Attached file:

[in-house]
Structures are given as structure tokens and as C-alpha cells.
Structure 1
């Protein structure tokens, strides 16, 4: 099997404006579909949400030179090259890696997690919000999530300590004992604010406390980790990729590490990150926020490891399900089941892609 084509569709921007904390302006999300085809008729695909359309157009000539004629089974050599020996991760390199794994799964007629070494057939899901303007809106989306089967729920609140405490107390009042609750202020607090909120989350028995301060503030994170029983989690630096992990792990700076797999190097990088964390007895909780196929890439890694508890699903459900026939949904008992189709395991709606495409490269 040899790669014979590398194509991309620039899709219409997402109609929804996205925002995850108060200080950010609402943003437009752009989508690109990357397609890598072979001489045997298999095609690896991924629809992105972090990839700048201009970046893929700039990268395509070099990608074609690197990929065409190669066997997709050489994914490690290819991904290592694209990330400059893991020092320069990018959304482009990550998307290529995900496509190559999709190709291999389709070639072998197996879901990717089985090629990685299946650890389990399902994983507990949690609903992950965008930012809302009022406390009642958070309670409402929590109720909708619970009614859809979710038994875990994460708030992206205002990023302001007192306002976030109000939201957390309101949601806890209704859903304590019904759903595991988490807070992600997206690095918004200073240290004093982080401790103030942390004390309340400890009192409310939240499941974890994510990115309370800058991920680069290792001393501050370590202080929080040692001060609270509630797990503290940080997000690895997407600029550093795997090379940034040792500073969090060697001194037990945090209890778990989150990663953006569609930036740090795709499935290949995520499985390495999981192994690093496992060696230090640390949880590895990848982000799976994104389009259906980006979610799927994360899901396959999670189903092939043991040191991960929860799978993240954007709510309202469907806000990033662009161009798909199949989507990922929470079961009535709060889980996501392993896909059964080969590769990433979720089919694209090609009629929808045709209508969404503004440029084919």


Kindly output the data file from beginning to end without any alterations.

[in-house]
Structures are given as structure tokens and as C-alpha cells.
Structure 1
């Protein structure tokens, strides 16, 4: 099997404006579909949400030179090259890696997690919000999530300590004992604010406390980790990729590490990150926020490891399900089941892609 084509569709921007904390302006999300085809008729695909359309157009000539004629089974050599020996991760390199794994799964007629070494057939899901303007809106989306089967729920609140405490107390009042609750202020607090909120989350028995301060503030994170029983989690630096992990792990700076797999190097990088964390007895909780196929890439890694508890699903459900026939949904008992189709395991709606495409490269 040899790669014979590398194509991309620039899709219409997402109609929804996205925002995850108060200080950010609402943003437009752009989508690109990357397609890598072979001489045997298999095609690896991924629809992105972090990839700048201009970046893929700039990268395509070099990608074609690197990929065409190669066997997709050489994914490690290819991904290592694209990330400059893991020092320069990018959304482009990550998307290529995900496509190559999709190709291999389709070639072998197996879901990717089985090629990685299946650890389990399902994983507990949690609903992950965008930012809302009022406390009642958070309670409402929590109720909708619970009614859809979710038994875990994460708030992206205002990023302001007192306002976030109000939201957390309101949601806890209704859903304590019904759903595991988490807070992600997206690095918004200073240290004093982080401790103030942390004390309340400890009192409310939240499941974890994510990115309370800058991920680069290792001393501050370590202080929080040692001060609270509630797990503290940080997000690895997407600029550093795997090379940034040792500073969090060697001194037990945090209890778990989150990663953006569609930036740090795709499935290949995520499985390495999981192994690093496992060696230090640390949880590895990848982000799976994104389009259906980006979610799927994360899901396959999670189903092939043991040191991960929860799978993240954007709510309202469907806000990033662009161009798909199949989507990922929470079961009535709060889980996501392993896909059964080969590769990433979720089919694209090609009629929808045709209508969404503004440029084919």